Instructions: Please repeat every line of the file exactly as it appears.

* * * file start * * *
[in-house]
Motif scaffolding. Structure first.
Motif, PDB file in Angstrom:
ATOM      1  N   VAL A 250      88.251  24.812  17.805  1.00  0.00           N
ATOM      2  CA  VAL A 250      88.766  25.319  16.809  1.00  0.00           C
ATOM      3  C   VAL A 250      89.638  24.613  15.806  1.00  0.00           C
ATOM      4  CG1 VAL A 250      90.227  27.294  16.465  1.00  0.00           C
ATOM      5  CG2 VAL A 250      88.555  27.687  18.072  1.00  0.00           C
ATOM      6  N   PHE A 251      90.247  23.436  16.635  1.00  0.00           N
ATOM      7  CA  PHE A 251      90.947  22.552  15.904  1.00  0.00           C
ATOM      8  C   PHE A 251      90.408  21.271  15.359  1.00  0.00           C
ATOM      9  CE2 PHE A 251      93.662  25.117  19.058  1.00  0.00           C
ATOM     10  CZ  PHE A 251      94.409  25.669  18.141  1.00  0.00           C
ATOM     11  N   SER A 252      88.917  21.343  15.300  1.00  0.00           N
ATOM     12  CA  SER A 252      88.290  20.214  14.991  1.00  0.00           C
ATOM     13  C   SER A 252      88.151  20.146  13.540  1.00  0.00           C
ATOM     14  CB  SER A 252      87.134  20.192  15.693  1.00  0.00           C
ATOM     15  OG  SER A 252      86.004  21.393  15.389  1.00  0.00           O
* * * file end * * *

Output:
[in-house]
Motif scaffolding. Structure first.
Motif, PDB file in Angstrom:
ATOM      1  N   VAL A 250      88.251  24.812  17.805  1.00  0.00           N
ATOM      2  CA  VAL A 250      88.766  25.319  16.809  1.00  0.00           C
ATOM      3  C   VAL A 250      89.638  24.613  15.806  1.00  0.00           C
ATOM      4  CG1 VAL A 250      90.227  27.294  16.465  1.00  0.00           C
ATOM      5  CG2 VAL A 250      88.555  27.687  18.072  1.00  0.00           C
ATOM      6  N   PHE A 251      90.247  23.436  16.635  1.00  0.00           N
ATOM      7  CA  PHE A 251      90.947  22.552  15.904  1.00  0.00           C
ATOM      8  C   PHE A 251      90.408  21.271  15.359  1.00  0.00           C
ATOM      9  CE2 PHE A 251      93.662  25.117  19.058  1.00  0.00           C
ATOM     10  CZ  PHE A 251      94.409  25.669  18.141  1.00  0.00           C
ATOM     11  N   SER A 252      88.917  21.343  15.300  1.00  0.00           N
ATOM     12  CA  SER A 252      88.290  20.214  14.991  1.00  0.00           C
ATOM     13  C   SER A 252      88.151  20.146  13.540  1.00  0.00           C
ATOM     14  CB  SER A 252      87.134  20.192  15.693  1.00  0.00           C
ATOM     15  OG  SER A 252      86.004  21.393  15.389  1.00  0.00           O